IMF’s $3 Billion Bailout Programme for Sri Lanka

On March 20, the International Monetary Fund (IMF) cleared a $3 billion-Extended Fund Facility (EFF) for Sri Lanka, aimed at restoring macroeconomic stability, safeguarding financial stability, and unlocking the nation’s growth potential. Sri Lanka defaulted on its foreign debt in 2020, and this nearly-$3 billion facility comes after six months of the government’s staff-level agreement. President Ranil Wickremesinghe stated that the IMF program would “serve as an assurance to the international community that Sri Lanka has the capacity to service its debt.”

India, Japan, and China, Sri Lanka’s top three bilateral creditors, played a crucial role in unlocking the IMF assistance to the island by providing financing assurances to the Fund. In an open letter to bilateral creditors, Mr. Wickremesinghe promised that Sri Lanka would be transparent in the debt restructuring process and ensure comparable treatment of all external creditors.

Assessment of Sri Lanka’s Governance and Anti-Corruption Framework

Identifying corruption as a key issue, the IMF has started assessing Sri Lanka’s governance and anti-corruption framework in its first such exercise in Asia. The IMF “governance diagnostic mission” aims to help the country achieve debt sustainability, increase transparency, and promote inclusive growth. The assessment will also evaluate the effectiveness of Sri Lanka’s legal and institutional framework, as well as its anti-money laundering and combating the financing of terrorism (AML/CFT) regime.

Sri Lanka’s Fundamental Fiscal Challenges Remain

While the IMF package enables Sri Lanka to access up to $7 billion in funding from IMF and International Financial Institutions (IFIs), Sri Lankan economists have cautioned that securing nearly $3 billion over four years hardly guarantees swift economic recovery. The country has a long way to go before actual recovery, as its fundamental fiscal challenges of a huge debt burden, a persisting trade deficit, and a balance of payments problem remain. Sri Lanka’s total outstanding public debt increased to $84 billion in December 2022, and the government must service multilateral debt totaling over $2 billion during the first half of this year.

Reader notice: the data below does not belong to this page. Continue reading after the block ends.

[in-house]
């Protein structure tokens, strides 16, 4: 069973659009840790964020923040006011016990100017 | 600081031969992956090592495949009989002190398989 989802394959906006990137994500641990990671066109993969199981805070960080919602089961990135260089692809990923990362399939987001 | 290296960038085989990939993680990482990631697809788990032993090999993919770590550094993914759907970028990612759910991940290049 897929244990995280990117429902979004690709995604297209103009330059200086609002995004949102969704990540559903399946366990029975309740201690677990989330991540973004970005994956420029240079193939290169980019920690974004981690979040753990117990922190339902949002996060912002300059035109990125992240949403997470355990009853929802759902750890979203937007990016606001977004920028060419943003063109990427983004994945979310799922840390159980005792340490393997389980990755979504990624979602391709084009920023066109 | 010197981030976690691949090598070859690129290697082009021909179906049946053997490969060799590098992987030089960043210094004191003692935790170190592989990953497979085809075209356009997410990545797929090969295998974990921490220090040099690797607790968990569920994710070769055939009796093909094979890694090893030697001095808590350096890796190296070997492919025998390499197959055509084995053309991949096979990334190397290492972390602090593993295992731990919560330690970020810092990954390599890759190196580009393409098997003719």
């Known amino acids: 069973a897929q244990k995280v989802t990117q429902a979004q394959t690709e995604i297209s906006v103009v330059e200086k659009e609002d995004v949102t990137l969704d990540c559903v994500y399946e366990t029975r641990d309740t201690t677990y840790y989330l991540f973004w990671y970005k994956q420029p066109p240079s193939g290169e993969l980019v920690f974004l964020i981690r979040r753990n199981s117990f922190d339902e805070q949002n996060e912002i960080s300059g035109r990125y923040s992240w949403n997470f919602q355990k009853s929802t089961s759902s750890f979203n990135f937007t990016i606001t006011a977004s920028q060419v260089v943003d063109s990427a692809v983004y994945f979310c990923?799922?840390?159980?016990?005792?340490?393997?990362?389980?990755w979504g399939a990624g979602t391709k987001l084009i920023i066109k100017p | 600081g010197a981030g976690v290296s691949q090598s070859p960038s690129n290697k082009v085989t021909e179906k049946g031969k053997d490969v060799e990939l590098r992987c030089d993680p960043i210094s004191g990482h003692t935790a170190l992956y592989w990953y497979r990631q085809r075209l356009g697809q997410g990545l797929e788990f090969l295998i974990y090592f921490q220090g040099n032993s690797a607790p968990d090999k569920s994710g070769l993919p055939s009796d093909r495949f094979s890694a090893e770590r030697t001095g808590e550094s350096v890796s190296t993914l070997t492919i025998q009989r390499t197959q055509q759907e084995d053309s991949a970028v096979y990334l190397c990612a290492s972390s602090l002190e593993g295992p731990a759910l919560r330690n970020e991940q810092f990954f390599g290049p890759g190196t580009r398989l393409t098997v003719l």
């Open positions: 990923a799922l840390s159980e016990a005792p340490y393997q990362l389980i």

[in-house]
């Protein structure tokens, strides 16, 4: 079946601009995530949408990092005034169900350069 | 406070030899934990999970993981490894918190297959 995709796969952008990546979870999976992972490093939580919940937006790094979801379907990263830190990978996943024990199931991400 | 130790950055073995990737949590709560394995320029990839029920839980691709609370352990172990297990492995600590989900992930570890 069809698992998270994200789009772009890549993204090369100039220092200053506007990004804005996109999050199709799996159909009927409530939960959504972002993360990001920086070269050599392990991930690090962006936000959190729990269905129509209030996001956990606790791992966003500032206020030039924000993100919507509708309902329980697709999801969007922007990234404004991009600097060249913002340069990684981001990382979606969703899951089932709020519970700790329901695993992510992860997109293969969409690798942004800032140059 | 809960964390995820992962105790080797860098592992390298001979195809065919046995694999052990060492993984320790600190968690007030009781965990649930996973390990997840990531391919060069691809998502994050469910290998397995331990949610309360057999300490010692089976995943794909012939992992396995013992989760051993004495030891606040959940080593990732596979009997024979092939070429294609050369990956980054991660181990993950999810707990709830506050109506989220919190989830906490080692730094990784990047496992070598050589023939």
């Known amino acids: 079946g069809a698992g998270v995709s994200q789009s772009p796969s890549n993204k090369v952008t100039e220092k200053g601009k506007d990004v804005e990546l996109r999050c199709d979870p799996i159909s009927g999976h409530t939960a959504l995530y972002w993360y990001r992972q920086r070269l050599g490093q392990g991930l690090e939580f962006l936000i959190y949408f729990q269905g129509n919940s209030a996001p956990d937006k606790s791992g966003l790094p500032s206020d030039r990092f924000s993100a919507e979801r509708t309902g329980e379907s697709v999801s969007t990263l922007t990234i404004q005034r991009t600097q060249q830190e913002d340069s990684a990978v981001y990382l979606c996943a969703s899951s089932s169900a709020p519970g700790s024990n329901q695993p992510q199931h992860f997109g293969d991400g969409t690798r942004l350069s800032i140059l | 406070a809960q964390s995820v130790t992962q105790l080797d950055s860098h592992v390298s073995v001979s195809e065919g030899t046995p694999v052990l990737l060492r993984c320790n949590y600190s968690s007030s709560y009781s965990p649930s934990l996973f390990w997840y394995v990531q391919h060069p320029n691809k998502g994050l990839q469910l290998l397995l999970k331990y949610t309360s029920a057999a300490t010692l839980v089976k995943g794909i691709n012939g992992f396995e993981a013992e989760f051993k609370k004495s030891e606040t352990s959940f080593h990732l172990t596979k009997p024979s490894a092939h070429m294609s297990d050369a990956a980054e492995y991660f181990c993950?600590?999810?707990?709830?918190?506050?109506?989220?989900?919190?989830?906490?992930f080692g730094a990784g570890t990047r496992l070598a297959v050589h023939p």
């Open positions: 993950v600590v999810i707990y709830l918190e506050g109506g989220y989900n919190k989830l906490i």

Protests Amidst Economic Hardships

In anticipation of the Fund’s assistance, Sri Lanka implemented a slew of policy measures over the last year. These measures include drastically increasing banking interest rates, floating the rupee, raising taxes, and increasing energy tariffs three-fold. The high costs of living and soaring electricity bills have added to the burden of workers across sectors, leading to protests against economic hardships.




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